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Hypable

In a society where instant gratification is one of the essential components of everyday life, it is little wonder that eBooks successfully outsold traditional books for the first time last year. However, are we paying a price for this convenience?

A quick search on Amazon’s Kindle store will reveal hundreds of eBooks retailing for less than the price of a bus ticket. While this provides consumers with a nice change from the overpriced books more often available on the market, the books themselves are proof that quantity is not always an improvement on quality.

Grammar mistakes, poor characterisation, rambling plots and unprofessional layouts are all risks readers take when buying an eBook. Self-publication has allowed writers to bypass more traditional methods of publication and this is causing books go onto the market with no more revisions than a simple spell check from the writer’s word processor.

Fear not though, because not all is lost. For every ten shoddy Twilight knockoffs, there is one glorious hidden gem. These books have escaped the pretension of the more traditional publication routes and emerged unscathed by the amateurish taint that normally colours self-published works. For this reason, I plan to continue to take the chance on those eBooks that have only a handful of reviews because you never know when you are going to stumble across the next big thing.

Even JK Rowling had to start somewhere. Who knows? Maybe Harry Potter and the Philosopher’s Stone could have ended up as a self – published, unknown eBook.

This article was written by a Hypable user! Learn more and write your own right here.

  • ravenclaw1991

    I didn’t even know this was a thing. I always assumed you still had to go through a publisher to get an eBook published. Guess not.

    • http://www.facebook.com/lilliempeterson Lillie Marie Peterson

      Self publishing is even a thing in printed books.

  • http://twitter.com/ChelseaV33 Chelsea Clark

    I don’t see the harm in it. Most of them offer samples, so you can read those, the description, the comments, and the reviews about the book, then decide if you want to pay the extremely low price. And then if you just hate it, then you’ve paid what, a dollar or two, sometimes nothing? And like you said, sometimes you find hidden gems!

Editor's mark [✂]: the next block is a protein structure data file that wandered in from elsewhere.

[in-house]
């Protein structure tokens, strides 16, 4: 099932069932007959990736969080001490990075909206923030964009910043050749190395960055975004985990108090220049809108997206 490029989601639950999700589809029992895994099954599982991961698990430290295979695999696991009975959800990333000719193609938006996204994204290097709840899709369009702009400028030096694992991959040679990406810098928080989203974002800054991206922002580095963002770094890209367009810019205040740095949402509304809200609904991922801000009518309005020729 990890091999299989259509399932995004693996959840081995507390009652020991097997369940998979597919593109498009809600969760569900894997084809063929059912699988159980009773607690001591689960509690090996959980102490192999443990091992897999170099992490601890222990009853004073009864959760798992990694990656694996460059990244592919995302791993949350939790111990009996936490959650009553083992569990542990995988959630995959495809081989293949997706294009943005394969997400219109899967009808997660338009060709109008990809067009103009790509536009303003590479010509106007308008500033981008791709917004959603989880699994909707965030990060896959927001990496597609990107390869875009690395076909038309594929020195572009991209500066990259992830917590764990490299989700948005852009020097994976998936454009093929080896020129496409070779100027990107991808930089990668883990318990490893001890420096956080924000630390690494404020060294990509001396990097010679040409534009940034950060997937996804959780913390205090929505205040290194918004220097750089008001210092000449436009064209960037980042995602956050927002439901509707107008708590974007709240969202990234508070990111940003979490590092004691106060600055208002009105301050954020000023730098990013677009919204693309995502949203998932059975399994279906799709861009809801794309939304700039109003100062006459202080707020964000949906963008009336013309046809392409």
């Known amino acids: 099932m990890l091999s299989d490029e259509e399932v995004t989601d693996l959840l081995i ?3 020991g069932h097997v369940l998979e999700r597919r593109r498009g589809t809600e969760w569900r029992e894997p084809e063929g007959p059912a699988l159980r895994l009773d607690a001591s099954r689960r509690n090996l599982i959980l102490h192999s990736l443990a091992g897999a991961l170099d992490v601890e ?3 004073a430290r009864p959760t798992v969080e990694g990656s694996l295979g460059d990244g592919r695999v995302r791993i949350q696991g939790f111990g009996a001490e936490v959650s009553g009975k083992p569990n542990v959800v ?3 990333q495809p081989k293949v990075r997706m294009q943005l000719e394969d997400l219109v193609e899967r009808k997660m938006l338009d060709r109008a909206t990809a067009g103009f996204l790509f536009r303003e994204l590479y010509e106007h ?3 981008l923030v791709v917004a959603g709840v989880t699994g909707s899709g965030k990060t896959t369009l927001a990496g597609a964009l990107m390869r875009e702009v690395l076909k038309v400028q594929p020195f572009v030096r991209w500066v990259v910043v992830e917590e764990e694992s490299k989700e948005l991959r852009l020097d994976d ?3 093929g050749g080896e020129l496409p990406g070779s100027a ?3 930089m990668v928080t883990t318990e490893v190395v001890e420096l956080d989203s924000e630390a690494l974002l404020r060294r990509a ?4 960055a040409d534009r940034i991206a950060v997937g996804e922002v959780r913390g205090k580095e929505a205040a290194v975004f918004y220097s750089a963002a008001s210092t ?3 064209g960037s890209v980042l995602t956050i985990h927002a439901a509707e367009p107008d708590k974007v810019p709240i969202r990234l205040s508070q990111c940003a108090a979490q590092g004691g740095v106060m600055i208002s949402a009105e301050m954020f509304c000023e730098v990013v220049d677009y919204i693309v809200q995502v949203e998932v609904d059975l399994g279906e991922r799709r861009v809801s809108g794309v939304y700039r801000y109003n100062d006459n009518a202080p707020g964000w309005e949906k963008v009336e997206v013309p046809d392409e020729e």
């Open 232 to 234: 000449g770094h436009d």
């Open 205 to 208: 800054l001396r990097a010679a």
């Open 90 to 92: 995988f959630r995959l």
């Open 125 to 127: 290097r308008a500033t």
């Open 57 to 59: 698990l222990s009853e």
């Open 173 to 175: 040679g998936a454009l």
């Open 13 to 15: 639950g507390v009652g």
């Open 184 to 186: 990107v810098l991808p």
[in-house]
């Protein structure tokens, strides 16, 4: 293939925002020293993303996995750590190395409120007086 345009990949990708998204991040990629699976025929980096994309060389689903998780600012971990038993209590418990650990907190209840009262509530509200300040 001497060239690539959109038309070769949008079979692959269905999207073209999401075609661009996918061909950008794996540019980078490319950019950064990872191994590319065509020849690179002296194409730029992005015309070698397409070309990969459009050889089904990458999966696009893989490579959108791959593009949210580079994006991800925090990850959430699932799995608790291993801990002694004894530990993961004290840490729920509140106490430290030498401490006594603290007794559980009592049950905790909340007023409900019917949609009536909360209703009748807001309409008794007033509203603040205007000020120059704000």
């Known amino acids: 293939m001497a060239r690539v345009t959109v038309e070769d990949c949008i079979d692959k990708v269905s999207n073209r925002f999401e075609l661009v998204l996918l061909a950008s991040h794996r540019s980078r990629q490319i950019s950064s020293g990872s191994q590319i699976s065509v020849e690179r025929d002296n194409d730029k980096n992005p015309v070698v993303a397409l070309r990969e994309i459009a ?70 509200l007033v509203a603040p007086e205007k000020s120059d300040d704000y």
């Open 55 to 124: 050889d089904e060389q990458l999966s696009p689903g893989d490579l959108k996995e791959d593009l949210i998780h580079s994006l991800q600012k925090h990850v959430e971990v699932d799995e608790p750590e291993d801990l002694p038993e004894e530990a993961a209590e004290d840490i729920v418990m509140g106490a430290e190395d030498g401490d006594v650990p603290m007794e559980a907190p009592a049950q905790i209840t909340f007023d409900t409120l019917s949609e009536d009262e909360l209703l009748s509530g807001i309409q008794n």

I think it’s great that people are getting the chance to make something of themselves, and really kind of test to see if they actually have what it takes to be a successful writer.

    • http://twitter.com/ChelseaV33 Chelsea Clark

      BTW, just a little spiel, my roommate and I discovered a great series with some of the funniest dialogue I’ve ever read by Tammy Blackwell called the Timber Wolves series (Destiny Binds, Time Mends, Fate Succumbs). Those were certainly gems!

  • charlton

    I read medievil fantasy and I see no problem with the author ,although it is the last book of the series.Actually, I would recommend them.The author is D.A. Adams and the series is The Brotherhood of Dwarves.I’m on the 4th book but there may be a 5th.Back to the subject at hand,this person writes well,and with books I had to keep holding them farther away(I’ll be 50 in Nov.) with the e-books I control the size of font I know that is my problem. There are good writers out there you just have to find them.

  • Lotte

    I only read one self-published e-book (ironically recommended by Hypable) and it was a disaster. It was one of the worst books I’ve ever read! I believe there are probably great self-published stories out there, but I will stay far away from self-publication. I am too lazy to skim through a large pile of stories just to find a gem.

  • HanLin

    I love the idea of self publication because it allows people to showcase their work, even if it isn’t the strongest. I personally will be using it once I finish my novels because even if no one reads it or buys it, it is out there and a validation of hard work. With my books, I don’t write them because I want to be a huge writer. I write them because it is something that I enjoy. My view is that if someone finds it and enjoys it, great. If they hate it, whatever, it is an accomplishment.